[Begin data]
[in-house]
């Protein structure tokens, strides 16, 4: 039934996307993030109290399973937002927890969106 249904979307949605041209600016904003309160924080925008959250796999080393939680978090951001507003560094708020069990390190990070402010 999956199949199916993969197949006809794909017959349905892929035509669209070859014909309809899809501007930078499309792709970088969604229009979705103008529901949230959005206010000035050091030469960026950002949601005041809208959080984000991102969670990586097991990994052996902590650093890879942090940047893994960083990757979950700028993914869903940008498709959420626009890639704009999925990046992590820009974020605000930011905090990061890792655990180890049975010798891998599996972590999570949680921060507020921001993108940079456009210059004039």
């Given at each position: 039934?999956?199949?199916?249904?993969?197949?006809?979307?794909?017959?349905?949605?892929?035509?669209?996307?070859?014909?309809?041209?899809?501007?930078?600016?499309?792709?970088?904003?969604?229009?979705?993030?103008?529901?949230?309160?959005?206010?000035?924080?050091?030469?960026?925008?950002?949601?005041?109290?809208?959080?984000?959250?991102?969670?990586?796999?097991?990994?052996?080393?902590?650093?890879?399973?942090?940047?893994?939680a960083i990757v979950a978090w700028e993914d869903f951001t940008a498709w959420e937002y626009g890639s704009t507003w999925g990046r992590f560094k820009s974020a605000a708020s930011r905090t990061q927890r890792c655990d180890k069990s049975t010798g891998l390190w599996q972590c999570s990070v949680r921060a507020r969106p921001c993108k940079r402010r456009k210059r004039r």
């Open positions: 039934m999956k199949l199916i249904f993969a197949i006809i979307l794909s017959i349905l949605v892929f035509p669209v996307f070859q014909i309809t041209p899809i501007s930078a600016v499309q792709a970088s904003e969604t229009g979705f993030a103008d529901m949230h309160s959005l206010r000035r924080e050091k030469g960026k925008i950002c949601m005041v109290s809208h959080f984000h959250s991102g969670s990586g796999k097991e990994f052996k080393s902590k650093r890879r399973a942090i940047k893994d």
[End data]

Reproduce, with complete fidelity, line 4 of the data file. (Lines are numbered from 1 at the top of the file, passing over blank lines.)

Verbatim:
């Open positions: 039934m999956k199949l199916i249904f993969a197949i006809i979307l794909s017959i349905l949605v892929f035509p669209v996307f070859q014909i309809t041209p899809i501007s930078a600016v499309q792709a970088s904003e969604t229009g979705f993030a103008d529901m949230h309160s959005l206010r000035r924080e050091k030469g960026k925008i950002c949601m005041v109290s809208h959080f984000h959250s991102g969670s990586g796999k097991e990994f052996k080393s902590k650093r890879r399973a942090i940047k893994d």